Withdrawing from UNESCO, Trump's promise to broker the 'deal of the century' between Palestine and Israel is drowned by its acceptance of a history that has little to do with fact.
The United States has formally withdrawn from the United Nations Educational, Scientific and Cultural Organisation (UNESCO), the culmination of three decades of bipartisan foreign policy designed to please Israel at the expense of international peacemaking and American interests.
The US leaving UNESCO also renders even more absurd and impossible President Donald Trump’s promises of finding a peace deal between Israelis and Palestinians. How can the US be an honest broker when it harms not only Palestinians, but also itself? Israel, for its part, has also left the organisation.
Although the decision was made on Trump’s watch, leaving UNESCO wasn’t his idea. President Barack Obama pulled the US away from UNESCO after its recognition of the Palestinian Authority in 2011. A US law passed by a Democratic-controlled Congress in 1990 prohibited US funding for any organisation that recognised Palestine.
Unlike Trump moving the US Embassy to Jerusalem, a pointless and provocative act, or his withdrawal of humanitarian funds from the Palestinian Authority, the UNESCO departure represents deeper problems in how the US relates to Israel.
The United States was a main supporter of the creation of UNESCO, back during the founding of the United Nations after World War II. The international body’s purpose was to prevent another world war. UNESCO’s role is one that lets countries manage each other’s ‘soft power’ as a collective. Soft power is a hard-to-quantify quality, but one can imagine it as everything a country does to enhance its image and reputation. Protecting ancient historical sites and providing information about other countries became UNESCO’s role.
Although this sounds easy, the historical narratives of national leadership and the historical facts often diverge. Getting countries to agree on a single interpretation of history is perhaps harder than getting them to agree on the limitations of nuclear weapons. One can count nuclear weapons, but there’s no way to quantify national standing or pride.
For Israel, one of their problems with UNESCO was classifying the ancient city of Hebron as a Palestinian heritage site. The city is where Jews and Muslims can worship near the tombs of Abraham and his family. It is also under military occupation, where soldiers stand guard around Israeli settlements. Designating the city as Palestinian did not force the soldiers or settlers to leave, but appeared to undermine the entire Zionist project of restoring a Jewish homeland on Biblical territory. There’s no price tag you can put on such matters, and rather than trying to help both sides find a solution, the US has just given up.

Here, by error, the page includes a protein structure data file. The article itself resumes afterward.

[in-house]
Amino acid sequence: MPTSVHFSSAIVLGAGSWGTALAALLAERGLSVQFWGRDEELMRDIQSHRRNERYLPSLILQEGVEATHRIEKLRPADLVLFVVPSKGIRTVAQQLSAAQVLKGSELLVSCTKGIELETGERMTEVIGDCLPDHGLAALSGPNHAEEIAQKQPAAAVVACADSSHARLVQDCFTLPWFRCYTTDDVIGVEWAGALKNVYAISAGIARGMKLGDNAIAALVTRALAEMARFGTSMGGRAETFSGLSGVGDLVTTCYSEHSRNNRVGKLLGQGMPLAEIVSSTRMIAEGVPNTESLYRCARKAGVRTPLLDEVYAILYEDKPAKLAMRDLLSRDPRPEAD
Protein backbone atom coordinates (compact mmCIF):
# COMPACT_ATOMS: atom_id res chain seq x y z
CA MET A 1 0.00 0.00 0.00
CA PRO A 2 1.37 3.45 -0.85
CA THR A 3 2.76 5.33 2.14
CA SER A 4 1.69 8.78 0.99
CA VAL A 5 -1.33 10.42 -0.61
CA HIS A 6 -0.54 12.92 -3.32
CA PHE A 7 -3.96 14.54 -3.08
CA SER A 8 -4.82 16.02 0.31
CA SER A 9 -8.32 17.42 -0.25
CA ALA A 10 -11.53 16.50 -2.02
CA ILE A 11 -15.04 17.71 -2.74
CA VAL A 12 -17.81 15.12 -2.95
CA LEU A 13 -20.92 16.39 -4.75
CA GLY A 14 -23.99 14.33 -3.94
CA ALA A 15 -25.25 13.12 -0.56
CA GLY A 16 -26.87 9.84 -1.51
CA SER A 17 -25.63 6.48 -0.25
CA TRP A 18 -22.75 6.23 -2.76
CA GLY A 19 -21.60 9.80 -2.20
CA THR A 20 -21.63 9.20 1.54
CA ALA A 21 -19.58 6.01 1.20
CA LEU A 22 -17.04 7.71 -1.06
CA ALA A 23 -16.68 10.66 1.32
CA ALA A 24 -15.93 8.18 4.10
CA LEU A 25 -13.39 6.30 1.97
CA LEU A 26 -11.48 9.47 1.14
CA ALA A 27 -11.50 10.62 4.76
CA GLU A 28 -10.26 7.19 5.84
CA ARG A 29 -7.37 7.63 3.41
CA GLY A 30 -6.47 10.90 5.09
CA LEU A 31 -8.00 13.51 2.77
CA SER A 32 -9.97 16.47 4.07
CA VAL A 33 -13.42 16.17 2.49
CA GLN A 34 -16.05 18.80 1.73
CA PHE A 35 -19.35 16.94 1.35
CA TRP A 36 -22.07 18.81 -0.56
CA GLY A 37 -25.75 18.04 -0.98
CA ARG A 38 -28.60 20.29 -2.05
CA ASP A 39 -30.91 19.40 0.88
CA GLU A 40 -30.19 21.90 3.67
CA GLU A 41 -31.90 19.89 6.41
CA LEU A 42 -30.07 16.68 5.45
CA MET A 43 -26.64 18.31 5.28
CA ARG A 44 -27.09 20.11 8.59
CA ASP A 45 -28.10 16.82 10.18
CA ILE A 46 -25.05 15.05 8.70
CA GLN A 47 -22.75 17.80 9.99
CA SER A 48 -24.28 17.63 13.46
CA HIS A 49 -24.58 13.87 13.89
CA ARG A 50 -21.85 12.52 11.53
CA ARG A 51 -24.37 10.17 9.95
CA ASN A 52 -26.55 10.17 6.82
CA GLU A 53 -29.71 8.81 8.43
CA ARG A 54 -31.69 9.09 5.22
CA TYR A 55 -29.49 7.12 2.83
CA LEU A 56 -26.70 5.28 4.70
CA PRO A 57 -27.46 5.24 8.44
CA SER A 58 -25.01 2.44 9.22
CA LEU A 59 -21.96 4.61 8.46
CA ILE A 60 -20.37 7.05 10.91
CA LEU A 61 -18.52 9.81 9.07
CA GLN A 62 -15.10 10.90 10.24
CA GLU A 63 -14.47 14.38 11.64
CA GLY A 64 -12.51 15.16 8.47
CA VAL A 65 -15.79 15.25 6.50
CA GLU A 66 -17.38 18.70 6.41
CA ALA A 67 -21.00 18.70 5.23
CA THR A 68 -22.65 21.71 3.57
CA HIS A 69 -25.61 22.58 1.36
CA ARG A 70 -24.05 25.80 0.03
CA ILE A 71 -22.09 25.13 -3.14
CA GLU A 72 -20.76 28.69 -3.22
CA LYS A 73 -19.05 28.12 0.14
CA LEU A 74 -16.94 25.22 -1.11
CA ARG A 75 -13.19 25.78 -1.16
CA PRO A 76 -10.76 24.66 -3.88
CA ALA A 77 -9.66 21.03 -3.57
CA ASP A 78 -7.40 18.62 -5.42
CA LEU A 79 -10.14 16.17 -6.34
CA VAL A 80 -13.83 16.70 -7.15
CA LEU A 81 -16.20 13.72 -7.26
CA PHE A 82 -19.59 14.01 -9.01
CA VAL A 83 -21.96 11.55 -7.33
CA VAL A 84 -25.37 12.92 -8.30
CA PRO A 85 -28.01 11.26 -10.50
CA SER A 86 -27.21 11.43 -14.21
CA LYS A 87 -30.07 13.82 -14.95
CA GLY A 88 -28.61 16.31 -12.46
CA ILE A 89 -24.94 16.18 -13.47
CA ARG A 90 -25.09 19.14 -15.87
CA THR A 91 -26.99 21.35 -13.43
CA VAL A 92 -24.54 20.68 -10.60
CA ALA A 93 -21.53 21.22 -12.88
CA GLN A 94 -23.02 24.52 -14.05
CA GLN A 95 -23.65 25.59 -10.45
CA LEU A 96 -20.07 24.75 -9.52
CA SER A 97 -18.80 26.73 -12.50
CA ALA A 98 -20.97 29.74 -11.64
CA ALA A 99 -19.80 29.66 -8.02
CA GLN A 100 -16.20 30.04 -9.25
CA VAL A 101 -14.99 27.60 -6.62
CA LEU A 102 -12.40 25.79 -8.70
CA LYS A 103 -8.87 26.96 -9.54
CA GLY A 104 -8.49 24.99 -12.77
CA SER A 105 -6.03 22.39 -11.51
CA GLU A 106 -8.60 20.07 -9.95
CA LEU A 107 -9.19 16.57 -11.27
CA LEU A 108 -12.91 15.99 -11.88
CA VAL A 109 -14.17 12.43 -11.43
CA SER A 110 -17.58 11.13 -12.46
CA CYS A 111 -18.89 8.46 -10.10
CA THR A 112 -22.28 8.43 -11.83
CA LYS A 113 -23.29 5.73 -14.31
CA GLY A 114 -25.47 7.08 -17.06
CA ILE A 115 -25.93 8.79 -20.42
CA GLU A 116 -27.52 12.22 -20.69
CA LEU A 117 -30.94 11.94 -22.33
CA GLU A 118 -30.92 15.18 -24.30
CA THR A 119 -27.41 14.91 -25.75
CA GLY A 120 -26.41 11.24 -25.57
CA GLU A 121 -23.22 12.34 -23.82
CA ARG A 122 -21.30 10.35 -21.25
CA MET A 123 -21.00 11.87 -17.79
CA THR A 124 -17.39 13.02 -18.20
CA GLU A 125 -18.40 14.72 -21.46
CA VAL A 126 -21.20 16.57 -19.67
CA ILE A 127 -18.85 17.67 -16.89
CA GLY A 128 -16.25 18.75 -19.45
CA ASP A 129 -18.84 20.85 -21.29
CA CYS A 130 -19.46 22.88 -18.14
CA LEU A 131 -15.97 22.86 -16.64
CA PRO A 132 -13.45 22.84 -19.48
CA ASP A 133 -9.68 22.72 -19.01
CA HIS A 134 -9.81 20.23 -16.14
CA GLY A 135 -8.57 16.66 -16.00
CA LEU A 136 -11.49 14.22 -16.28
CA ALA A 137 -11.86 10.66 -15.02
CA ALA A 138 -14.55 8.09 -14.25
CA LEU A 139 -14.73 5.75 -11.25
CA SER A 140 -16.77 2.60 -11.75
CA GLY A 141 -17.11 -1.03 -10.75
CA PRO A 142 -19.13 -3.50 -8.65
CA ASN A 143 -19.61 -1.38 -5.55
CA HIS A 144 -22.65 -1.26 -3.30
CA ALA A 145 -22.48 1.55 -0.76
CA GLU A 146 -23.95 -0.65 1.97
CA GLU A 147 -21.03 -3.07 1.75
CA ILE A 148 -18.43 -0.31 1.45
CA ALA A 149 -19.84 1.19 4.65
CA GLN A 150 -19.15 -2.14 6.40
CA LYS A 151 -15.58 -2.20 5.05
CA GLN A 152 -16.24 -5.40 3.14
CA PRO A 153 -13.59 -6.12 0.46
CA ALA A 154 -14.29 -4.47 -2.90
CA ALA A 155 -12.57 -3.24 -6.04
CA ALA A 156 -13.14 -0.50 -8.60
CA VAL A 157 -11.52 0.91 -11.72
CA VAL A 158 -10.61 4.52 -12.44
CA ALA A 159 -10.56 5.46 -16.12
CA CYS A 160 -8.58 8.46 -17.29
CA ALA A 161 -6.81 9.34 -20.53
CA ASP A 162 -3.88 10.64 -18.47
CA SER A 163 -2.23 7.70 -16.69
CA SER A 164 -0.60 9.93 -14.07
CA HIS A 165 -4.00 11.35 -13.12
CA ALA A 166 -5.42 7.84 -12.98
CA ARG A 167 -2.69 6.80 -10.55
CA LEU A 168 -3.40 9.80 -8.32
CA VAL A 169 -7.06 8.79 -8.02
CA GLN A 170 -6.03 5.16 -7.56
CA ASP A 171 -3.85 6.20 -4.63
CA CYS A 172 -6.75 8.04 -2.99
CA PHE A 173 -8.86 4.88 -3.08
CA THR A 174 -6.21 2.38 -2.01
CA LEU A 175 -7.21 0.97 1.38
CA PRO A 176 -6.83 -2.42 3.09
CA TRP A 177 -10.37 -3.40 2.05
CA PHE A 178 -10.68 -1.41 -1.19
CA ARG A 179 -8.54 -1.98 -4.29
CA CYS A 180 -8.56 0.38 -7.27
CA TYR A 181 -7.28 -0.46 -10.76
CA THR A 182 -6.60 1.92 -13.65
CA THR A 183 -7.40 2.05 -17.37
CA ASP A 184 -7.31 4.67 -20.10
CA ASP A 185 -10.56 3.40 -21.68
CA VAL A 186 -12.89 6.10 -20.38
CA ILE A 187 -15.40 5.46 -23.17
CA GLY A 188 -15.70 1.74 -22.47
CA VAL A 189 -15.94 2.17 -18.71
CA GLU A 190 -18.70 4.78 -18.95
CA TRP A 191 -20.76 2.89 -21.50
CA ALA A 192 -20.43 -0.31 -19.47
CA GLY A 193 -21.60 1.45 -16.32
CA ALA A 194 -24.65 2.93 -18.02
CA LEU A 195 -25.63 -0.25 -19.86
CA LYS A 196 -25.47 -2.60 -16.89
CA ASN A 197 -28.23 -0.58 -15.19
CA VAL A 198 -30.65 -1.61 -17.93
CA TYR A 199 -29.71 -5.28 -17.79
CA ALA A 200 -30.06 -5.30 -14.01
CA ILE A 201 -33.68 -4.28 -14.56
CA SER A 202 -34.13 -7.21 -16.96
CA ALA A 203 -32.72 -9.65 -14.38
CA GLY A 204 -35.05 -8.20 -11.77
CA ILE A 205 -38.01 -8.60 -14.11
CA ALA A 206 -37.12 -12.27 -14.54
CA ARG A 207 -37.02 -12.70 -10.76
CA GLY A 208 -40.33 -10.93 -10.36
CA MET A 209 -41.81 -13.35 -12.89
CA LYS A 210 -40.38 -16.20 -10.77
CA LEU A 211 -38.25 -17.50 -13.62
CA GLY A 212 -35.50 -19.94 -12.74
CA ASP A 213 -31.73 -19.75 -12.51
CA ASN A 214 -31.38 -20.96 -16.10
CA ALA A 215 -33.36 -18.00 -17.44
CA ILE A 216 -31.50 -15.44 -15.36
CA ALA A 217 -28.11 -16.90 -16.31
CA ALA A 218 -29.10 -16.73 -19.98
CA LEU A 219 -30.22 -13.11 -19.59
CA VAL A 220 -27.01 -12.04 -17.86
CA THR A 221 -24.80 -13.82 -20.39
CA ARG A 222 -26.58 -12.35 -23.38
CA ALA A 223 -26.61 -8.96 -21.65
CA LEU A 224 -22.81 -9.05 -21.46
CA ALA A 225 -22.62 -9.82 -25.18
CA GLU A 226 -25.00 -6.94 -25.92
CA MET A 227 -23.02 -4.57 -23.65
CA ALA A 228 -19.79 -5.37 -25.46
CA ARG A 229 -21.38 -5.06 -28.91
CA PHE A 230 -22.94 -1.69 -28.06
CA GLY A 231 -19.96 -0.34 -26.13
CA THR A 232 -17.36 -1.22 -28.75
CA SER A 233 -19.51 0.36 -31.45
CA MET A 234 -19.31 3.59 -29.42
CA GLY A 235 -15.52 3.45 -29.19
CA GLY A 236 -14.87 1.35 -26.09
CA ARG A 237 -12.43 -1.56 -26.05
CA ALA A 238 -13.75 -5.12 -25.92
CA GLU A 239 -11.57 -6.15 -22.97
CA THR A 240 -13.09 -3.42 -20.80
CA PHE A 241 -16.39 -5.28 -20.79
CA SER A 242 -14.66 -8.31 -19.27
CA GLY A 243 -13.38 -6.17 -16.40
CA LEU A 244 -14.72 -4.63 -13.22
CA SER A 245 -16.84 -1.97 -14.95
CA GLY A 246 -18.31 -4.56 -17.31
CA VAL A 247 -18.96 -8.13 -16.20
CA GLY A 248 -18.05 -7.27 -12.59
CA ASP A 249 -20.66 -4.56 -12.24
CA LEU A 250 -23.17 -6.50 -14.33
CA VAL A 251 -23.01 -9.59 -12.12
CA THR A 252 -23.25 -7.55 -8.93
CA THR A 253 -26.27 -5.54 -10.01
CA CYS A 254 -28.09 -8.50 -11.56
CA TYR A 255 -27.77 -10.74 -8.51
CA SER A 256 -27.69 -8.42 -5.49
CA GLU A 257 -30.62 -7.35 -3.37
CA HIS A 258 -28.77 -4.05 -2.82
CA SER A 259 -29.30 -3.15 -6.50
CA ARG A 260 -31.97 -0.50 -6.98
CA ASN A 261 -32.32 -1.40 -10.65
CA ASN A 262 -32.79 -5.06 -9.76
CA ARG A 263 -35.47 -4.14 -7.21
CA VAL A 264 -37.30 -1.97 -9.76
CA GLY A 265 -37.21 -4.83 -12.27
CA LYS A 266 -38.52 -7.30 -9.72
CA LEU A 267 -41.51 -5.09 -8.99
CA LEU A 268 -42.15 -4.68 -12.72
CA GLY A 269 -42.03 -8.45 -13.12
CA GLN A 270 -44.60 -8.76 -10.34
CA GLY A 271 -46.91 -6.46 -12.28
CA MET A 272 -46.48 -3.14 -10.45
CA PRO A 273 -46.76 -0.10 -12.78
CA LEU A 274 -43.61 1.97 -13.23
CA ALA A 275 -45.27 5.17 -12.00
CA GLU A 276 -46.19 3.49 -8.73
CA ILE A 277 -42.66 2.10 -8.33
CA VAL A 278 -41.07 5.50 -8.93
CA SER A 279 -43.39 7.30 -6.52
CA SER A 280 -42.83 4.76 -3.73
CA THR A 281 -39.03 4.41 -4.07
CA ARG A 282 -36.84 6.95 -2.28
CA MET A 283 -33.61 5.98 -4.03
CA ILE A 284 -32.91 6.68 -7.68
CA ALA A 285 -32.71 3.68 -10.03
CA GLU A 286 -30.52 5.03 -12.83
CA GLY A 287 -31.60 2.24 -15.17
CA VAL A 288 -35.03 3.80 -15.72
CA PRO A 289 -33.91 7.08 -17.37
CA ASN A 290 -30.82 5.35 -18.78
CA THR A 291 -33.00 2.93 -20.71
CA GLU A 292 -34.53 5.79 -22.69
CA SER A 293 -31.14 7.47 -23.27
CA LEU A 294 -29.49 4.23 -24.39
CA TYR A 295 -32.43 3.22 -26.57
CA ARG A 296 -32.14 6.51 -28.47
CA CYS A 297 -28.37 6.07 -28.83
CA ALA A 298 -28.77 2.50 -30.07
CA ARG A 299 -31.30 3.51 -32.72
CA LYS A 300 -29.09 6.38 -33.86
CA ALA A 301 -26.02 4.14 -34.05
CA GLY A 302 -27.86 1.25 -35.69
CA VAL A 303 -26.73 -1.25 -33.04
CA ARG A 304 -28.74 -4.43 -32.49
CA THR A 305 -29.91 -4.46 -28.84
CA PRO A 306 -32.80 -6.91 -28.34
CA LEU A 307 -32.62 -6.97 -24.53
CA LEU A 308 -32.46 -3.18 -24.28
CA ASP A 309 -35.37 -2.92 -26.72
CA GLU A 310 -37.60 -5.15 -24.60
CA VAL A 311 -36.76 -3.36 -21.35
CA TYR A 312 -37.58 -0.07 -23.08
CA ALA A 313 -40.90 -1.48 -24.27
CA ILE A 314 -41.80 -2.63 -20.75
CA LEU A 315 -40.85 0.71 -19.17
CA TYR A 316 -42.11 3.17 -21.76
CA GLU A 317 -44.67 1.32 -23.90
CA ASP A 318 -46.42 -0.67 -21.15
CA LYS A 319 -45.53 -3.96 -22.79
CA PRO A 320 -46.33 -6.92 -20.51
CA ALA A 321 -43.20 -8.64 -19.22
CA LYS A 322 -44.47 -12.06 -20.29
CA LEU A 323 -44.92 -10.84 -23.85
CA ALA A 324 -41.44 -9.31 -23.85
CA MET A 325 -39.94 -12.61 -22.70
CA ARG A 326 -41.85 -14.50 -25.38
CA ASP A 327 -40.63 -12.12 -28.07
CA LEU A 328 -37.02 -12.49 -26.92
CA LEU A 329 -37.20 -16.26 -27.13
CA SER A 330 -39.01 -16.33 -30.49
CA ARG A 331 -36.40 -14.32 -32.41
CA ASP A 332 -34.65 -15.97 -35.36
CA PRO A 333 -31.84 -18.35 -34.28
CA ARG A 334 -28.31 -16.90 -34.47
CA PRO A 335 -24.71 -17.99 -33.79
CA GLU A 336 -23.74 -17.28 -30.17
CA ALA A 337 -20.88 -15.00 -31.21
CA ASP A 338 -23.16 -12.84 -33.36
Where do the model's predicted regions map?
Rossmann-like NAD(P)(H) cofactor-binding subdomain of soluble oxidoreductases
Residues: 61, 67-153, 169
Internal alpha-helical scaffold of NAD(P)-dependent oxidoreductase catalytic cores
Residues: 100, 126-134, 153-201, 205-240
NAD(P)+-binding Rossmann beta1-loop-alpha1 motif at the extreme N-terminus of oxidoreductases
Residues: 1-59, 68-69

Everybody wants to look good, and few countries want to take an honest, much less apologetic or regretful, look at their past. In the United States, for instance, the history of the Boston metropolitan area includes both the events of the American Revolution in the 18th Century and the rise of the anti-slavery Abolitionist movement in the 19th Century.
Boston's history also involves the genocide of Native Americans and the hanging of people accused of witchcraft in the 17th Century. In the 20th Century, the city became a world-renowned educational hub, but also saw violence over the integration of black and white students in the same public schools. And that’s just one American city.
Israeli nationalism relies on interpretations of history that occurred both in the 20th century and thousands of years ago, and the supposed ‘anti-Israel’ bias of UNESCO shows how important these events are to Israel’s national story. No one wants to live in a country responsible for genocide. How can one have pride in a place like that? It would be easier to imagine it didn’t happen, rather than come to terms with it. In the US, for instance, some high school textbooks still treat the Civil War as a matter of ‘states’ rights’ and not slavery.
Monuments to Confederate generals, who fought to keep people in chains, still stand in American cities and have provoked protests. In Charlottesville, Virginia, in 2017, one of those protests turned deadly when a white supremacist drove a car into a crowd of people, killing demonstrator Heather Heyer. How will the world remember that day, August 12, 2017, in 200 years? Let’s just imagine that UNESCO will be around in 200 years. What kind of plaque will Charlottesville get?
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